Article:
by Shelagh Smith
Mama always said he was a bad man, bad enough to make a good woman do bad things, but I never saw him that way. To me, he was just Pa, just the old man Mama had married “way too young.” At least that was what she always said.
I’d come to love him as best I could, even when his face got red and his hands balled into fists that were sure as shit coming toward me. I’d been knocked down a time or two, and pretty soon I learned to stay down because getting up only made him madder. If I stayed down, eventually he’d say, “Aw, Charity honey, why’d you go and make me so goddamned mad,” and I never had an answer for that. I figured it was because Mama had taught me to be still and silent and let the red rage flow out of him until it was gone.
Shame it was never gone for good.
*** *** ***
“Charity, get your ass in here.”
Mama’s voice cut through the noise of the car chase on some old detective show playing in reruns on some oldies channel. I knew right away she was mad, but her mad was a lot different than Pa’s. Her mad was sneaky like a snake, waiting and hiding, and ready to spring up when I least expected.
I crawled off the sofa, picking red pills of fabric off the faded flowers as I went. I trudged into the kitchen and found her sitting at the table. An empty beer bottle sat by her hand and her eyes were tiny slits. My backside started to sting in anticipation.
“What you been doing after school?” she demanded, and I felt heat come up into my face.
“Don’t you ma’am me. You been running around with that Charlie boy?”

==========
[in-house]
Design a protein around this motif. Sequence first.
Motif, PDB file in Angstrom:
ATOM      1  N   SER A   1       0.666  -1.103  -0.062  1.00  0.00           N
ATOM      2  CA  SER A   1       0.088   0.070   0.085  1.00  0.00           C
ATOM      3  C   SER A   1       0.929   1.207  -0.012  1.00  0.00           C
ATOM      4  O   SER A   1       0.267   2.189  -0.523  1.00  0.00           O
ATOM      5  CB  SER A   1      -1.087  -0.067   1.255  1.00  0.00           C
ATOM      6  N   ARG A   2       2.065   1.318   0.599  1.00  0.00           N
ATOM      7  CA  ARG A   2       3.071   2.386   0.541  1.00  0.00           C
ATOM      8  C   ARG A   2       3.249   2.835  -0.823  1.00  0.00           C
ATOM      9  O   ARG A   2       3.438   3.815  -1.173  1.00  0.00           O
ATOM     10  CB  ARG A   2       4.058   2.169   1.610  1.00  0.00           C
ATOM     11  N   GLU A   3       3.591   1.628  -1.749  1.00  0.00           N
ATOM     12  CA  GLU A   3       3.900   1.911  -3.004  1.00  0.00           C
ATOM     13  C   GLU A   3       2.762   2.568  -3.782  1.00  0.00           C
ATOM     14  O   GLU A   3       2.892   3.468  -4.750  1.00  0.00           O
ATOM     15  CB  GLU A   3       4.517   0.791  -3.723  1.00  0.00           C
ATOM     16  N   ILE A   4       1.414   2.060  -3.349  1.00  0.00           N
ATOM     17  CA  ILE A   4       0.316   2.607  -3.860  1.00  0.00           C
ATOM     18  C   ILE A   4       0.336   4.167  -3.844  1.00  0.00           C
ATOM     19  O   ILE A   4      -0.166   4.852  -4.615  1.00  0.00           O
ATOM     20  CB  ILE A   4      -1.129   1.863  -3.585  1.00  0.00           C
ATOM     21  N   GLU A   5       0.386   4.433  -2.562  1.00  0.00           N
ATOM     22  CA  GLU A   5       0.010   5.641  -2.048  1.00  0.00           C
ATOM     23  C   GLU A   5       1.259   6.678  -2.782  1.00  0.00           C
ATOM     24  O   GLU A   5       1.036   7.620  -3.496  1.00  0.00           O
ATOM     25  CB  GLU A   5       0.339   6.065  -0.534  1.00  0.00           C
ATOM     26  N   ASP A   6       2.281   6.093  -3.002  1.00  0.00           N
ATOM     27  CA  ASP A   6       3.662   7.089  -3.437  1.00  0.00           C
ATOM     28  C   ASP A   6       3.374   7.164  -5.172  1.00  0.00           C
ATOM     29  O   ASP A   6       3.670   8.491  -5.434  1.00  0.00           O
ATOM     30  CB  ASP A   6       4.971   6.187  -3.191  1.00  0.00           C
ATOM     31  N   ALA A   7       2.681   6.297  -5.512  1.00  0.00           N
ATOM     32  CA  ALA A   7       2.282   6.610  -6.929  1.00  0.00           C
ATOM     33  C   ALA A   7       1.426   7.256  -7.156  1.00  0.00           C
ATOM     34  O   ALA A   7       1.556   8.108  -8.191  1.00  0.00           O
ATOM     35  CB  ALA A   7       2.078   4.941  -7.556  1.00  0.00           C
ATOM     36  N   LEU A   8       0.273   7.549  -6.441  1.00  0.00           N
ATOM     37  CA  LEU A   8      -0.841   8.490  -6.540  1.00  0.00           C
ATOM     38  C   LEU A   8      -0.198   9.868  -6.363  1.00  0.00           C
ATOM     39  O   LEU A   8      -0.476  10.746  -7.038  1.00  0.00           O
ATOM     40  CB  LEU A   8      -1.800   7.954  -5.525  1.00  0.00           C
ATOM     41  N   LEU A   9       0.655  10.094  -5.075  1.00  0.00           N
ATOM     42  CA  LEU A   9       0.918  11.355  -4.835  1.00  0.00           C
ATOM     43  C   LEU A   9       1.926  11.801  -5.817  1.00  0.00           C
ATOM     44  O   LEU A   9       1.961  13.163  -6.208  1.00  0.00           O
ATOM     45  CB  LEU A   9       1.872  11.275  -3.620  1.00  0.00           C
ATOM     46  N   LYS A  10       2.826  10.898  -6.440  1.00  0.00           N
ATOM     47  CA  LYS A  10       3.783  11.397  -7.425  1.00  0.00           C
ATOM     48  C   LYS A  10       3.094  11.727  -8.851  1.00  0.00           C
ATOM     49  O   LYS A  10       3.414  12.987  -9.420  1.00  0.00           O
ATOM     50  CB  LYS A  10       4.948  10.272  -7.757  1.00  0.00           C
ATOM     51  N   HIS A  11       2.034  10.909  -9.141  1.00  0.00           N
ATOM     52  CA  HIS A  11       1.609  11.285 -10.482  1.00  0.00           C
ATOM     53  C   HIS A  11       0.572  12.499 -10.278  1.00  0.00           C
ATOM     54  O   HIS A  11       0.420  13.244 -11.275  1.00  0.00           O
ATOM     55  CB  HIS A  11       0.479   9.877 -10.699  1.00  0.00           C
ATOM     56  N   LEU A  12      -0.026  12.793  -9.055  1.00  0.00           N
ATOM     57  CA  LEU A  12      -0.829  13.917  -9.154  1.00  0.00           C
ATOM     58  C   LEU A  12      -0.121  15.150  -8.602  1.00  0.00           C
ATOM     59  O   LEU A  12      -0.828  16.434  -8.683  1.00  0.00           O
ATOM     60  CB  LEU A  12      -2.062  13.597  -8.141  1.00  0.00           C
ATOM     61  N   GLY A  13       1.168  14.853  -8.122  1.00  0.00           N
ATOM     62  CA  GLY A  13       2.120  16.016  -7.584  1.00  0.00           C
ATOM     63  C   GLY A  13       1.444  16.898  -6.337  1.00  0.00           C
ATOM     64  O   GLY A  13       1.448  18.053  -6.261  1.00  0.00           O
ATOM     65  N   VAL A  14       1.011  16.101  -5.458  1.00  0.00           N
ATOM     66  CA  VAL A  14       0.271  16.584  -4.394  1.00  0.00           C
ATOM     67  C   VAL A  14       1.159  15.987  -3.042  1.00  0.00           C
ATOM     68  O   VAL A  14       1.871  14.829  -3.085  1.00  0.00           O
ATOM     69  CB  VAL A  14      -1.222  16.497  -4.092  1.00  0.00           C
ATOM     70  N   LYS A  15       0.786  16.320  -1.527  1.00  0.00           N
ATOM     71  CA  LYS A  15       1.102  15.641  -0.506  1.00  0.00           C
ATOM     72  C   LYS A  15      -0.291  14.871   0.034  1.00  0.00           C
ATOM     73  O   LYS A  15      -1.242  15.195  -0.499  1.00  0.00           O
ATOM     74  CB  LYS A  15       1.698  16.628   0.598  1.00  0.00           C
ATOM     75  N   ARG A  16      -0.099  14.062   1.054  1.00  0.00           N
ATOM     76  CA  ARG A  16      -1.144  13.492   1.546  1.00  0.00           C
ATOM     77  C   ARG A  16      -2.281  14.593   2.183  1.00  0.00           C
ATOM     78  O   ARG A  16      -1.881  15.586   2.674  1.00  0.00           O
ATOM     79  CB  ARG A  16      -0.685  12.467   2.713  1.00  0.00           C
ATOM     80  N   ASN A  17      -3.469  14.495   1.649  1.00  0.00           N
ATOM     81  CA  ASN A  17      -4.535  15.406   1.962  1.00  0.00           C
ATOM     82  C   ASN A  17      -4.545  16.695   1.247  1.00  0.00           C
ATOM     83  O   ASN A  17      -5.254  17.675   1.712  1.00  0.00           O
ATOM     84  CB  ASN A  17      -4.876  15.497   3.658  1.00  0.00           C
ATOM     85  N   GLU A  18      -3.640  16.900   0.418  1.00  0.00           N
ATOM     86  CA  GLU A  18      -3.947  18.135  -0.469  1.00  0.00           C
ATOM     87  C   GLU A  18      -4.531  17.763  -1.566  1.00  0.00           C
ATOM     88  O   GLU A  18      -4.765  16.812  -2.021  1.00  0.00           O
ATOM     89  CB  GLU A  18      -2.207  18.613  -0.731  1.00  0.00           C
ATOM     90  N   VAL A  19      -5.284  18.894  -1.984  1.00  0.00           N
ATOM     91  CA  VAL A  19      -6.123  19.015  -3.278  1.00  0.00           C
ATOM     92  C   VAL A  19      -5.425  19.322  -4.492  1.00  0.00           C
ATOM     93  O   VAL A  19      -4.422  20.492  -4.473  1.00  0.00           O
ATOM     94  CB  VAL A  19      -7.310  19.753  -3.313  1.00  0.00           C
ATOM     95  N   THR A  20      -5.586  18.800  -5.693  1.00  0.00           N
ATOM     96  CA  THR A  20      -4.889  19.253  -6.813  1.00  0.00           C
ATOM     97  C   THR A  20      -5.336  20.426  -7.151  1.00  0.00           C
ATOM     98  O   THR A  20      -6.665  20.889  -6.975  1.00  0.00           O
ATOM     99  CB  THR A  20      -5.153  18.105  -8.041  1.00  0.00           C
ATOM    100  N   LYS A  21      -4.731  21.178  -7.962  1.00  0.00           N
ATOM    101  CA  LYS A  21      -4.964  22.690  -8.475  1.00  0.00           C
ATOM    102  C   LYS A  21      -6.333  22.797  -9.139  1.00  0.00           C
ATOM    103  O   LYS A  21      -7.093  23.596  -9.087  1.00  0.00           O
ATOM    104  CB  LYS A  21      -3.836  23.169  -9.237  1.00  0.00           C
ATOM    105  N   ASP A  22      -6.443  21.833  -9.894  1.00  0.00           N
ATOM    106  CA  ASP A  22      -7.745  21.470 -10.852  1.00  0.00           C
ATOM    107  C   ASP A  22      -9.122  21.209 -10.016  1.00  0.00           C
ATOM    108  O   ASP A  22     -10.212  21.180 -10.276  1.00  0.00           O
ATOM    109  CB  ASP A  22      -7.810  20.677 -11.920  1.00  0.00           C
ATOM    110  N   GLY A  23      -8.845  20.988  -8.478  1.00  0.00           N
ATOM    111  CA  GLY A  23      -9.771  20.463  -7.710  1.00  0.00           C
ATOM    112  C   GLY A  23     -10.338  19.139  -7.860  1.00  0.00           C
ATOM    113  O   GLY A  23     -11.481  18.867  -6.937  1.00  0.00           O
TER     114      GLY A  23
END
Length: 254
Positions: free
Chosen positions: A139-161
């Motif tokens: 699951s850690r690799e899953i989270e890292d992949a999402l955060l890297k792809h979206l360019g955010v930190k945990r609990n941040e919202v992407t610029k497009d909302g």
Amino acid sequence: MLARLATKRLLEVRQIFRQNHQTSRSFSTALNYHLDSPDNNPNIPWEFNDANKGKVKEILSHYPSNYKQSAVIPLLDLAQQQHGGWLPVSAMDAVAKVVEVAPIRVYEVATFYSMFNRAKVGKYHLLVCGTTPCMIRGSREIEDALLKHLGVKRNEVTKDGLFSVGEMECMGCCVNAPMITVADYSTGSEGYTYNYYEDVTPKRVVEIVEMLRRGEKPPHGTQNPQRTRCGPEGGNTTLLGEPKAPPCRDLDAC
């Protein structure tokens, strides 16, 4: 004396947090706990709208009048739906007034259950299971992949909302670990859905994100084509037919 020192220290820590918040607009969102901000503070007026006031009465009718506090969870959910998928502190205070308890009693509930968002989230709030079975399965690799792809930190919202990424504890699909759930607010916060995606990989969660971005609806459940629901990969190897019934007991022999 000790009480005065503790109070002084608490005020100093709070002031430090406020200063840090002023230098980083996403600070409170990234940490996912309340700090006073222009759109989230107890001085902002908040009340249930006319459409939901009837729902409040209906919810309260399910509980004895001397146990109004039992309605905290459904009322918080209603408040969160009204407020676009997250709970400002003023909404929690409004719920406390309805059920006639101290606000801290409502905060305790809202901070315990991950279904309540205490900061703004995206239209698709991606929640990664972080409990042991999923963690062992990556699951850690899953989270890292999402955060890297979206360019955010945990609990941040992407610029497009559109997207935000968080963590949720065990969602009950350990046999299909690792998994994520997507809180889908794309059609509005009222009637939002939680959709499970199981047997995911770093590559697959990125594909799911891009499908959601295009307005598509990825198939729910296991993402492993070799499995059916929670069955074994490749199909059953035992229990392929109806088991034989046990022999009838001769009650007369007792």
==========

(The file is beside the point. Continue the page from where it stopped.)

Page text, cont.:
“No, ma’am,” I said, not because I hadn’t wanted to, but because he was a full year older than me, a junior, and had older girls – faster girls – chasing him. He didn’t know I existed.
Her hand rummaged through a pile of laundry, half-folded in a stack on the chair. She pulled out a pair of my underwear, white cotton with tiny blue flowers. They were far from new but still had some wear left in them. She shook them at me.
“There’s nothing you want to tell me? Nothing at all?”
The words choked up in my throat, and my face got hot.
Why’d you go and make me so goddamned mad?
“Oh, Charity,” she whispered, and her eyes turned shiny. Her lip trembled, and she covered her face with her hands. “What have you gone and done?”
I shook my head. “I ain’t done nothing. I swear it.”
“Fast girls go down bad roads. You know that. You know that!”
But I’m not a fast girl, Mama, I wanted to say, but those words jammed up inside and they were a lie too, I supposed, in their own way.
“Get outta here,” she muttered, and her voice was high and tight. “I need to think on this.”
I went back to the living room and stared at the TV until Pa came home, and when he walked through the door, Mama called out, “Paul, get in here. We need to talk.”
His eyes rolled up to the ceiling as he put his toolbox down near the door, and with a sigh like a man going to his execution, he went to Mama in the kitchen.
*** *** ***
I heard them in the night, mostly because the walls of our trailer were so thin, but also because all the windows were open against the sticky night air. Their room was next to mine and if they tried to hide what they did, they did a bad job of it.
The mattress groaned under them and I rolled away from the sound, staring at the old ragdoll my nana had made for me when I was little. I never knew my nana, but Mama said she was a hard woman with no love of Pa or her or even my original dad who was long gone to parts unknown. I didn’t know if it was true, because the doll’s smile was as sweet as any I’d ever seen.
“What is it?” I heard Mama ask.
“Aw, shut up,” he answered, and a minute later I heard Mama crying. I heard the bed creak again, heavy footsteps in the hall and then the bathroom. When he came back, Mama had stopped crying.
“If you’re not getting it from me, you’re getting it somewhere.”